Eight Trends Driving the Future of Information Technology
A new report predicts dramatic changes to the face of enterprise computing.
In reading colleague Susan Hall's post about Petco's reorganization of its IT function, one thing struck me: The retailer shrank its IT staff from 150 two years ago to about 50 today. This reduction is right on target with last summer's prediction from the Corporate Executive Board's Information Technology Practice that IT headcount will drop by 75 percent or more, thanks to cloud computing and other emerging technologies. Some traditional IT roles will simply vanish, the CEB said, while others will be taken over by external service providers and still others will become embedded in the broader business.
I realize this is just one company and its reorganization may have been influenced by all kinds of factors not relevant to other companies. Still, I can't help but think it's a clear indicator of where IT is headed.
Petco opted to outsource its IT infrastructure, call center and most software development, embed some of its pros on management teams, and allow IT staffers to experiment with job rotation. I wrote about the job rotation idea last September, mentioning Johnson & Johnson, General Mills and other companies that recruit professionals interested in moving from IT roles to business roles and back. At General Mills, more than 15 percent of IT staff hold MBAs. A recent survey pointed to the growing desire for a blend of business/IT skills, with global CIOs citing business analysis and business-facing architecture as the most-desired skill sets for internal teams.
While these strategies might result in cuts like those seen at Petco, Staten said staff reduction isn't the primary objective. Rather, he said, it's about "freeing the bodies, the time and the mental capacity to figure out what the business wants and how IT can help them achieve it."
Both Staten and Nell are espousing the creation of an IT organization flexible enough to respond to rapidly changing business needs. Susan shared a quote from Nell:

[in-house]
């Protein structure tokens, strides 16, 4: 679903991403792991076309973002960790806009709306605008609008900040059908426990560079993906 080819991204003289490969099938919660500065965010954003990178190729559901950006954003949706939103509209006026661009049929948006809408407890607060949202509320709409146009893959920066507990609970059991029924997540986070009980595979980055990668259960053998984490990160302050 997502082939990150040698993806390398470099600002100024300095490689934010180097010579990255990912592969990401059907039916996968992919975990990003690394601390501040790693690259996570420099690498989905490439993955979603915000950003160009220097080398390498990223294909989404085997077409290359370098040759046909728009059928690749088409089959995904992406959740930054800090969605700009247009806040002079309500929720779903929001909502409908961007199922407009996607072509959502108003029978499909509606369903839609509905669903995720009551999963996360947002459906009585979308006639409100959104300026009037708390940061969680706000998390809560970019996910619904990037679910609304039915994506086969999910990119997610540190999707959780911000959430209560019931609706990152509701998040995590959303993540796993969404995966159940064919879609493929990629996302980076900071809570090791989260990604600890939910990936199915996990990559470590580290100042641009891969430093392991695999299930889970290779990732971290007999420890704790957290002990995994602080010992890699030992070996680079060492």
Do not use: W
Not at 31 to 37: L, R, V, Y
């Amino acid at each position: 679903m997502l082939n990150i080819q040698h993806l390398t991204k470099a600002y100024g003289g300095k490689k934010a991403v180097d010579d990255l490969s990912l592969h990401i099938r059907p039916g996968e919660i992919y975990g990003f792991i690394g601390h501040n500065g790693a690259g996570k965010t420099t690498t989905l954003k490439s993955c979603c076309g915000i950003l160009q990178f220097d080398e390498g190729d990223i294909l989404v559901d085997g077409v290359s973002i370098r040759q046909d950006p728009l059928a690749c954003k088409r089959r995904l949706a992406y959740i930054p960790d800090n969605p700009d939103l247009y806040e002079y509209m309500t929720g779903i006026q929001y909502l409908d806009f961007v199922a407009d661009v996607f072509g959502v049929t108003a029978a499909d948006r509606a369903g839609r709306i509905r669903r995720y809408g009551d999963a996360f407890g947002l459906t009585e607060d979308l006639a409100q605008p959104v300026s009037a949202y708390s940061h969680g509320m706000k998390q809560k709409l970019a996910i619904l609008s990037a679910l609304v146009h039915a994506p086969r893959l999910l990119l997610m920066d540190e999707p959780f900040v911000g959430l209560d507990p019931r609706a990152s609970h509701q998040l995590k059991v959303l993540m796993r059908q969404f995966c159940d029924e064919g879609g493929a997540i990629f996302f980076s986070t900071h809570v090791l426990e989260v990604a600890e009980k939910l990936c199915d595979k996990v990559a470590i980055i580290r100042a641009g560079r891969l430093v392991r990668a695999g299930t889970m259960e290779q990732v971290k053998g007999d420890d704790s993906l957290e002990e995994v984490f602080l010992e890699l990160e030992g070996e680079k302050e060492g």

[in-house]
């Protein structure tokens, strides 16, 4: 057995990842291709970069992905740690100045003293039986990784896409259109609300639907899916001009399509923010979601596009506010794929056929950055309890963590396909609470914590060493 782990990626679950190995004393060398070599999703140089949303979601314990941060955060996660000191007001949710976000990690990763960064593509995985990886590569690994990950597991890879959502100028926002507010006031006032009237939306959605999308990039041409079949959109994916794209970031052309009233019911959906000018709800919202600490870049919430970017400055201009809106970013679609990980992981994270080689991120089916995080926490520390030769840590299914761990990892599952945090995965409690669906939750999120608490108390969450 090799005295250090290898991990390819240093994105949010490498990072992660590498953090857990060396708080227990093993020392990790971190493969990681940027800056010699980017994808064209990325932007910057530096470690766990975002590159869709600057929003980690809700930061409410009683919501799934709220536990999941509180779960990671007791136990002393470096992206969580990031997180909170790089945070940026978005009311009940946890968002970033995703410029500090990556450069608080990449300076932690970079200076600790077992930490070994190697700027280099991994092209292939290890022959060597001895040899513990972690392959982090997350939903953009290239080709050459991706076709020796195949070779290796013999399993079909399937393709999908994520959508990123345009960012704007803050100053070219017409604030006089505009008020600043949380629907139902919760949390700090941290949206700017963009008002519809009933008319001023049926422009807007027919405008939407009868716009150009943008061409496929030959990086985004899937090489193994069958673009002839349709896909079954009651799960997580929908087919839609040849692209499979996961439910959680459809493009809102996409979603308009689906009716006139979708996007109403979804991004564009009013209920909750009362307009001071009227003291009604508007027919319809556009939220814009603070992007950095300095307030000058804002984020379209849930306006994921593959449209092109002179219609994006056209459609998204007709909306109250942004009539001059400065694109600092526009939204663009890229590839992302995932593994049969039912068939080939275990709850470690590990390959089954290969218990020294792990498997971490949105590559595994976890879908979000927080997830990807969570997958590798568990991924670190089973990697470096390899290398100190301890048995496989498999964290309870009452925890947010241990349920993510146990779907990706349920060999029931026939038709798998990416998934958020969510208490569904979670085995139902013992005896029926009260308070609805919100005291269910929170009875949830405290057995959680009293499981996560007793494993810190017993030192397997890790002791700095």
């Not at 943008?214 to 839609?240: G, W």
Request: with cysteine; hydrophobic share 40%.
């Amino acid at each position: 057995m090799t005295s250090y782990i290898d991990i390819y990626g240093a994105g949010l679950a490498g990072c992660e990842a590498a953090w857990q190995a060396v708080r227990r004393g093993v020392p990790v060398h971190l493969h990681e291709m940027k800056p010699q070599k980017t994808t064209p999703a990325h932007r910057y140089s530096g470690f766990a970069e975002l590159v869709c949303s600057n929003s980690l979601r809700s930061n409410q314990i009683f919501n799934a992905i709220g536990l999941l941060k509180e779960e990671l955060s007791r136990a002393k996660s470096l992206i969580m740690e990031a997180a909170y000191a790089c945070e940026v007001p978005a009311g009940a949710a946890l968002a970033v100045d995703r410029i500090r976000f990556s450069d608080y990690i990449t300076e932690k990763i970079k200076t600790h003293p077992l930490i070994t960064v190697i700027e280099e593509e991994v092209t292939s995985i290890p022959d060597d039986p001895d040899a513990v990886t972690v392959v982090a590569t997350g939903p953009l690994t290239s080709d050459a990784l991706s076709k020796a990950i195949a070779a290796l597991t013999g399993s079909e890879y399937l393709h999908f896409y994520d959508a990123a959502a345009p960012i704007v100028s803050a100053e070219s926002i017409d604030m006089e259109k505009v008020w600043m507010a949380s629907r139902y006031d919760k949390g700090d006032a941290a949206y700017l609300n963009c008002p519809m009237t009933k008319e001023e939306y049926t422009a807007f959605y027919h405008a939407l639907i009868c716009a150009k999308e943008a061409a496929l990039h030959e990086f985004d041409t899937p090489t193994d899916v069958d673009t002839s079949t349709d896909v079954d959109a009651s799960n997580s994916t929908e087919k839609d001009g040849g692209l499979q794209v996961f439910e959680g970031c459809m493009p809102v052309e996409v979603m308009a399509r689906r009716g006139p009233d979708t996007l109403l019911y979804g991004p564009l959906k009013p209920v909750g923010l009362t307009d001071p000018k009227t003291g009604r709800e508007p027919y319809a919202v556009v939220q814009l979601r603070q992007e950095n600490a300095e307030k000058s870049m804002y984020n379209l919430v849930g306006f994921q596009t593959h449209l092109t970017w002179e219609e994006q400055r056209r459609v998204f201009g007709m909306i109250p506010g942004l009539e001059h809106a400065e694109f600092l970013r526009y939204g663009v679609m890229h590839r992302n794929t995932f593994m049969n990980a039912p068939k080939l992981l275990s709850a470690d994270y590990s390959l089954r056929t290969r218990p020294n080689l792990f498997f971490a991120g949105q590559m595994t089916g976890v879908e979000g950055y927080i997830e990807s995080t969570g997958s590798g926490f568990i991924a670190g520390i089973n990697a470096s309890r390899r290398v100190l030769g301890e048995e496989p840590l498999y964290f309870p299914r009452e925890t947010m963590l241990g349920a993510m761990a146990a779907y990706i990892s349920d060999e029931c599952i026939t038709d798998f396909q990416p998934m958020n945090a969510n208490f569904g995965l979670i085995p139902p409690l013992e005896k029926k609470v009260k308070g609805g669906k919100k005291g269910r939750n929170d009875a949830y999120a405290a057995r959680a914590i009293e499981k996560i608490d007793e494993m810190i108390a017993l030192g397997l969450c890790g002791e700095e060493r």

[It's not] how good you are at executing at any one time, but how good you are at maintaining the customer experience under continuously changing demands. It's not even as simple as managing multiple channels, but multiple changing touchpoints. It's not only about aligning with the business, but about building capacity to keep up with continuously changing business opportunities.
The role of the CIO may hang in balance during this transition. The Corporate Executive Board's prediction is CIOs "will [either] expand to lead this broader group or shrink to manage technology procurement and integration."
CIOs may have some work to do to convince some C-level colleagues of their value, judging by the results of a recent Gartner survey that found only about a quarter of CFOs said their IT department "has the organizational and technical flexibility to respond to changing business priorities," or "is able to deliver against the enterprise/business unit strategy." Just 18 percent of CFOs said IT service levels at their companies met or exceeded business expectations. CFOs also expressed doubts that IT organizations had the "right mix of skilled people to meet business needs."
As I wrote a few months ago, work force development may be the CIO's most important role. I shared some thoughts from Charles Feld, former CIO for Frito-Lay, founder of the Feld Group consultancy and author of "Blind Spot: A Leader's Guide to IT-Enabled Business Transformation." Feld said CIOs must help develop "versatile, multidisciplinary, multicultural leaders who can think strategically about systems and patterns and who can take leadership of an organization and drive execution."